Four lessons learned from a four-day working week

  Amantha Imber’s team has worked a four-day week for a year. This is what she has learnt.

You wake up on a Friday morning. ‘One more day until the weekend,’ you think. But then you remember – you don’t work on Fridays.

Every weekend is a three-day weekend and you still get paid a full-time salary for working just four normal length, eight-hour days.

This has been the life of my team for the last year at Inventium, the behavioural science consultancy I founded nearly 15 years ago.

What started as an experiment in the last half of 2020, the Four Day Week has turned into a permanent fixture. This is what I have learnt:

It’s easy to waste time. But now I can’t afford to: It’s so easy to faff around at work and waste a whole lot of time. But putting a big constraint in the way – having to do five days’ worth of work in four – makes you acutely aware of the choices you make in how you use your time at work.

Knowing I had to boost my own productivity by around 25 percent to fit my work into four normal-length days, I became much more conscious and protective of my time. I started to say ‘no’ more often. I said ‘no’ frequently to meetings and opportunities where I didn’t think I could add value or that I didn’t think would add value to what I was working on.

Other people on the team tried to apply Parkinson’s law to their work – the notion that work expands to fill the time available for its completion. One consultant ran experiments on herself where she would set significantly less time to do a task than what she would normally allocate. As a result, she realised she could power though more work in less time.

Urgent things don’t actually happen all that often: A fear my team and I had prior to implementing the FDW was around the problem of urgent issues arising on Friday. What if urgent problems arose on Friday and none of us were working?

To overcome this, most of us would check our inbox a couple of times on Fridays. We also put our mobile number in an Out of Office auto-responder email. After tracking how many urgent issues arose during those initial six months, we realised our fear was unfounded. Less than five ‘urgent’ things happened. And really, those five things all could have probably waited until Monday.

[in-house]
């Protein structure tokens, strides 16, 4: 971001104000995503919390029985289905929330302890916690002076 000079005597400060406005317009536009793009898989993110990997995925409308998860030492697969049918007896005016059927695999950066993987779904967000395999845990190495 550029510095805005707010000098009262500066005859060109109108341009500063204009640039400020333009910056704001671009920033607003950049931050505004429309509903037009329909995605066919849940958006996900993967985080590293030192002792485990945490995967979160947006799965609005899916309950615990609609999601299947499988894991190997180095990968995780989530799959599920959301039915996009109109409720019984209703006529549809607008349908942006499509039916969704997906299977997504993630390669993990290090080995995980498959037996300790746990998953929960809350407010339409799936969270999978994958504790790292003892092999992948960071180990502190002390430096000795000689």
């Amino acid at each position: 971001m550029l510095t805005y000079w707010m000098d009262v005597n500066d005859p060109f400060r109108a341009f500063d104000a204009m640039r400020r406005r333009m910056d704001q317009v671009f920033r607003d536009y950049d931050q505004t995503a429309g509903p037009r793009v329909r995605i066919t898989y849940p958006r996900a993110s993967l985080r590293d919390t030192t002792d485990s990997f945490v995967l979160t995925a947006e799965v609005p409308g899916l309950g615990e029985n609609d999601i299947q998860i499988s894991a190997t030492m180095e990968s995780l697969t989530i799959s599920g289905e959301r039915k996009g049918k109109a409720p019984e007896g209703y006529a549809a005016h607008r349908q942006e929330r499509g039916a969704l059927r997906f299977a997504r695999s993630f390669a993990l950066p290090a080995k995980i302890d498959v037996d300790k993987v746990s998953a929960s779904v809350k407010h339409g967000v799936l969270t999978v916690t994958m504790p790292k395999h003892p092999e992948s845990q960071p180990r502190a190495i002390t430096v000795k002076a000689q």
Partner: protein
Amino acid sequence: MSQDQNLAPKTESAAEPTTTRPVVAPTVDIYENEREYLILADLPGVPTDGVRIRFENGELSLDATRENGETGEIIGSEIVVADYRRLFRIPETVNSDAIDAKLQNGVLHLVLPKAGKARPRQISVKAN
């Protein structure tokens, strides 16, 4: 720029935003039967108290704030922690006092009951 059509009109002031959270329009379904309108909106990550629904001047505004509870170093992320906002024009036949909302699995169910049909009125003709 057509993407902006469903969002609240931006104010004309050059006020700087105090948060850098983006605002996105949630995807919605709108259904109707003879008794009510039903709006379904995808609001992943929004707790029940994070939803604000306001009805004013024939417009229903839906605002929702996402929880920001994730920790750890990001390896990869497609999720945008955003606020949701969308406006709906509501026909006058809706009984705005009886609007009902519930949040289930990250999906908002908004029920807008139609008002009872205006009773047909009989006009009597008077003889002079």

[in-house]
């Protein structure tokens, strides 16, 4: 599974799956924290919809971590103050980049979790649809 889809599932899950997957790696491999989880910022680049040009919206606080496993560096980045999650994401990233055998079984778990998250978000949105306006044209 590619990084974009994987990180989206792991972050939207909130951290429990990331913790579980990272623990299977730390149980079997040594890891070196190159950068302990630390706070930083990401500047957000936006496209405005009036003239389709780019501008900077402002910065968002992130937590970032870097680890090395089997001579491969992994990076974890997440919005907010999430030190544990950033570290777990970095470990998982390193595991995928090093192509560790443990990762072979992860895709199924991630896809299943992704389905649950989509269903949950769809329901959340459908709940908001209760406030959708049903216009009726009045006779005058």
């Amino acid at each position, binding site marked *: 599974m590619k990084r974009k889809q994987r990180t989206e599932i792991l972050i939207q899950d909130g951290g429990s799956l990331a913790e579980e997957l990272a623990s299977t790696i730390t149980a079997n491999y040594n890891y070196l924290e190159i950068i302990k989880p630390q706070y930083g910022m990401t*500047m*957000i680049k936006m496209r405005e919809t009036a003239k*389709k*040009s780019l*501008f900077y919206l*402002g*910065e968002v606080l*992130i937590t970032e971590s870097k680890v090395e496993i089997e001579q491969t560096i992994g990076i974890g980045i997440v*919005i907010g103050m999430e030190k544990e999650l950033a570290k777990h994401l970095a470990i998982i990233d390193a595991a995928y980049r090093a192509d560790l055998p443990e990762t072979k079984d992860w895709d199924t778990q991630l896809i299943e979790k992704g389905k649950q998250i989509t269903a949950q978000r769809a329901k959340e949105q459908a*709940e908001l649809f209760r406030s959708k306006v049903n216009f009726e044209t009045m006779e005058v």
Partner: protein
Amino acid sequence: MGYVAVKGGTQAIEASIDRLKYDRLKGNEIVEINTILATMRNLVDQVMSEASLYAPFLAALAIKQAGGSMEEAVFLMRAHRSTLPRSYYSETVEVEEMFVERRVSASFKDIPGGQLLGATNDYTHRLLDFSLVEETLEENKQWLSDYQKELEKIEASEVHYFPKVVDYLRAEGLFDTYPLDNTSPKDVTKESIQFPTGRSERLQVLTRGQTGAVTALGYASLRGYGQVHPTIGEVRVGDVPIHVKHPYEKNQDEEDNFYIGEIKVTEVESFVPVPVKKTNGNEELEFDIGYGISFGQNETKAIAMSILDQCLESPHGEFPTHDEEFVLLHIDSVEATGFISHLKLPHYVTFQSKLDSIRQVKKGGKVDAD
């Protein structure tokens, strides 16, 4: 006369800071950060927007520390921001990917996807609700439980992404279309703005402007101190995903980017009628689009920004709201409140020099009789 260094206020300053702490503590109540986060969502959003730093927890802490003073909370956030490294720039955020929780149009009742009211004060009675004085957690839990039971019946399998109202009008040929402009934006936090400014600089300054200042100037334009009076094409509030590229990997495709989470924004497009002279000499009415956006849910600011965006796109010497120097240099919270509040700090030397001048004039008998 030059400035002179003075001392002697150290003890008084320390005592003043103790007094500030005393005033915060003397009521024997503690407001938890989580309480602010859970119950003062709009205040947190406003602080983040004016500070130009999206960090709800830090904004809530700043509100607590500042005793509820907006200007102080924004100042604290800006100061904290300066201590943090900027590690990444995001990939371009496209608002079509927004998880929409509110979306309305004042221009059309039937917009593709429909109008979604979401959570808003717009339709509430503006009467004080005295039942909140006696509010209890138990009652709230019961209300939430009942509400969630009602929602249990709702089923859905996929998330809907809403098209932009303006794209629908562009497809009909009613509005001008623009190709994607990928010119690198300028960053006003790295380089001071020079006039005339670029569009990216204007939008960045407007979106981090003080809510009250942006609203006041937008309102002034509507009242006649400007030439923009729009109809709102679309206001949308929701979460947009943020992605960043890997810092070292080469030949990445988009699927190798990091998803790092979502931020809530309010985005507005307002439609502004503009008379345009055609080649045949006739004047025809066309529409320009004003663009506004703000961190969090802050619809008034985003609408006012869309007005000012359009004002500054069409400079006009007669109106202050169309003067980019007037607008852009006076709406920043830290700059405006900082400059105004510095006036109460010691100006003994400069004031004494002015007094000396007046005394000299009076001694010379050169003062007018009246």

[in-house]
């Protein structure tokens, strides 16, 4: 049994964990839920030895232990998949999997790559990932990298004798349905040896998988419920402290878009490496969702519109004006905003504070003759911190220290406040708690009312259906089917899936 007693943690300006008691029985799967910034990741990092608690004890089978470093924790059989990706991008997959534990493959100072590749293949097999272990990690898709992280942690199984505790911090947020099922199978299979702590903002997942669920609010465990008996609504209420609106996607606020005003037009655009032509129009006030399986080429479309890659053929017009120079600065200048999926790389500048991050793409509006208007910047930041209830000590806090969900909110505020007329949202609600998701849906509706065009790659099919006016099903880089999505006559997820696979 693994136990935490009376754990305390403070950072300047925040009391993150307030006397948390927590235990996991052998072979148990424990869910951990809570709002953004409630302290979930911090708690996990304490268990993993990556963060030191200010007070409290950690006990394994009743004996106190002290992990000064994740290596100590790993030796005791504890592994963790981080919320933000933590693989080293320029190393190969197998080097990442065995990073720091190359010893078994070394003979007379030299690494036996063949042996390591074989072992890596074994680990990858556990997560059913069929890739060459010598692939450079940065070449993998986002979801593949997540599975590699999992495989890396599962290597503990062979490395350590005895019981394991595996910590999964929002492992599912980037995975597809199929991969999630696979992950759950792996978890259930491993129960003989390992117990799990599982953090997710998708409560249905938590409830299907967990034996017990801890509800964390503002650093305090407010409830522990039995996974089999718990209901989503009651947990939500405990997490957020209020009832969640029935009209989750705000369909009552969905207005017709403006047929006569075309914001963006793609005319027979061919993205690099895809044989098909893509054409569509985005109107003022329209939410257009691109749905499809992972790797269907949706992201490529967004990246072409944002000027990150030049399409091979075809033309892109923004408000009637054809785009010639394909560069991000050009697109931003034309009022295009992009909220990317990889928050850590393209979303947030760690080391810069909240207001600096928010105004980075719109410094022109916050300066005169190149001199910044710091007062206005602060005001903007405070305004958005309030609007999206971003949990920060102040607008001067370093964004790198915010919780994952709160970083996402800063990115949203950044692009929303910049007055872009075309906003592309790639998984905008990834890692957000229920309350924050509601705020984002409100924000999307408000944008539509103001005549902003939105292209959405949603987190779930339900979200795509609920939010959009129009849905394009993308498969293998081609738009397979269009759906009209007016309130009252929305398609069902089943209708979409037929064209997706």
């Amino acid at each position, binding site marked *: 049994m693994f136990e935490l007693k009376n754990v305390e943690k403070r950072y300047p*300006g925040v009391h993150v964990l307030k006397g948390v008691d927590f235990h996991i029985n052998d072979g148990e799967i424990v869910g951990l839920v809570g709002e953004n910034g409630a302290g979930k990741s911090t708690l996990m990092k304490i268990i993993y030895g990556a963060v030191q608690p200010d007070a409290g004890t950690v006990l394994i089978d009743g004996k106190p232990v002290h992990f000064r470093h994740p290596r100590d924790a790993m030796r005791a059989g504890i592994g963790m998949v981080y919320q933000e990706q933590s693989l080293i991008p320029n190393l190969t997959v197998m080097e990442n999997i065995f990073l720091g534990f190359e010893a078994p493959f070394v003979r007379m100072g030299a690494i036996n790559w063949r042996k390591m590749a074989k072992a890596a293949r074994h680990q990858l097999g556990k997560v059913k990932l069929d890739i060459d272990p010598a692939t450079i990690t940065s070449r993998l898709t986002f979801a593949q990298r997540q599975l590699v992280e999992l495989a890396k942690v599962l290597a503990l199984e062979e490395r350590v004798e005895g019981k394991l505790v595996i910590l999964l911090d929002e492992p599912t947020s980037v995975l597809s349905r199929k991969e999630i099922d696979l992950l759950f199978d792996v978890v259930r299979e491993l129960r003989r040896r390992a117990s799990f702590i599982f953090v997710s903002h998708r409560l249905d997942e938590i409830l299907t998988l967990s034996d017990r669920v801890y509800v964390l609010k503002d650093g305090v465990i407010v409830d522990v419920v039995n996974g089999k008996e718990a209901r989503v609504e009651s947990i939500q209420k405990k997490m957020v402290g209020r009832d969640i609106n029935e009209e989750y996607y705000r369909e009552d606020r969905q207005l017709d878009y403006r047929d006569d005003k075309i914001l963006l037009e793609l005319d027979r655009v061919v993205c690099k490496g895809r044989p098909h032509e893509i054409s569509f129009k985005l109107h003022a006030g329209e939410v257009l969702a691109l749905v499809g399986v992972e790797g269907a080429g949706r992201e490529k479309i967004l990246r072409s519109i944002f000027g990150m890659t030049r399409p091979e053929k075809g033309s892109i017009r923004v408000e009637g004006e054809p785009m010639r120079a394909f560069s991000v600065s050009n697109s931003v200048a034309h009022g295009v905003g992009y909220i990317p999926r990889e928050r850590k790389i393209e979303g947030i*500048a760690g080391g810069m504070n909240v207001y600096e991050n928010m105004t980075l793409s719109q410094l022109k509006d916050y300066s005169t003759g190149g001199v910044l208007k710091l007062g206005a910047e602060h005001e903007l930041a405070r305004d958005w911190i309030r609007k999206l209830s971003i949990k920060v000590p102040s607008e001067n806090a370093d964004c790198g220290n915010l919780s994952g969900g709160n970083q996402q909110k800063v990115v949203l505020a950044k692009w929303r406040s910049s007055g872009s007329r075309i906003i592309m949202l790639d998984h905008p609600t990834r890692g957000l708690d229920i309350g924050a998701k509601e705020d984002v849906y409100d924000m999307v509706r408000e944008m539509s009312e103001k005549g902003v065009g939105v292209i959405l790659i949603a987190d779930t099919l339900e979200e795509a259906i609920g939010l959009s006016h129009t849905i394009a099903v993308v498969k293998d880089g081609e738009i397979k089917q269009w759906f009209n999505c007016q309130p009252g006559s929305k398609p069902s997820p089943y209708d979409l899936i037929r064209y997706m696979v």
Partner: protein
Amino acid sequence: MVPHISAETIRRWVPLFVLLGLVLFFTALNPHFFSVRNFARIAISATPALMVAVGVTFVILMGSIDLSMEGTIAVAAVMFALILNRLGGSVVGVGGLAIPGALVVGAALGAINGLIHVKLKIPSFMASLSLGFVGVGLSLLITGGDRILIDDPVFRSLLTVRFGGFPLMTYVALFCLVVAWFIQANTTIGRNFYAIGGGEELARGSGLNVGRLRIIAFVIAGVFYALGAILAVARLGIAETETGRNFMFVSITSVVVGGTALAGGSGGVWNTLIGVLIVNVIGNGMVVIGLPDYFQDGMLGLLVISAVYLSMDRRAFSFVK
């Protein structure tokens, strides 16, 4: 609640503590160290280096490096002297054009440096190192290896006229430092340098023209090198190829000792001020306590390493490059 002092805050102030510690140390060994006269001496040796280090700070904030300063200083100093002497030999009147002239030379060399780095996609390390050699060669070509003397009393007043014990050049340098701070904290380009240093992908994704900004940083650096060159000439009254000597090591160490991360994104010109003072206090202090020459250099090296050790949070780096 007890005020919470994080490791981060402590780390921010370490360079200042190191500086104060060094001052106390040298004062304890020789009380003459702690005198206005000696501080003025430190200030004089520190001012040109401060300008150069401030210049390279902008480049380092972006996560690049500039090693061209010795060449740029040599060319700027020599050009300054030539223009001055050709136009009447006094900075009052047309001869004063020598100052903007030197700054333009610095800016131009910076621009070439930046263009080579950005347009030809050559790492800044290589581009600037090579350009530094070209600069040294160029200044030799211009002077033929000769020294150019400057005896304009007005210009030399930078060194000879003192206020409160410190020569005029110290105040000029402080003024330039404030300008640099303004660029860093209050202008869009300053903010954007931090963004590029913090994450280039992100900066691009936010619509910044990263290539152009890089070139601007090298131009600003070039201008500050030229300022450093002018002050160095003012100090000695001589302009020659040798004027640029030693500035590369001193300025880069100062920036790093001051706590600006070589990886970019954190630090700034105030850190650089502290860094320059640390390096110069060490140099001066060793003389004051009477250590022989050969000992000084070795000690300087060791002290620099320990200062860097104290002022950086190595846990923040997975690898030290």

Being more productive can make us feel happier: We often think about being more productive as something that our bosses will appreciate because we will be able to get more work done for them. But actually, being more productive can actually make us happier and healthier.

One of our consultants, who has struggled with an auto-immune disease for the last few years, had a particularly busy start to 2021. In past workplaces, she told me, she would’ve become sick by now and had to take a fair amount of time off work.

But having Friday as a recovery day has meant she has only had to take one sick day all year – the least amount of time she has had to take off in years. And on Sundays she finds herself excited for the week to start because she feels geared up and energetic.

It’s easy to take a four day week for granted: Many years ago, I lived in an apartment with a stunning view of the Sydney harbour. But after a few months there, I hardly noticed it unless friends came around who would gush over its beauty.

When you’ve had Fridays off for a year, a benefit such as the FDW becomes easy to take for granted.

So we decided to call the initiative Gift of the Fifth. The name reminds people, including me, that it is indeed a gift – the gift of time.

And in the age of peak-busy-ness, I truly believe that time is one of the most meaningful gifts that businesses can give their people.   

Dr Amantha Imber is the Founder of Inventium, an Australian behavioural science consultancy and the host of How I Work, a podcast about the habits and rituals of successful people.

 

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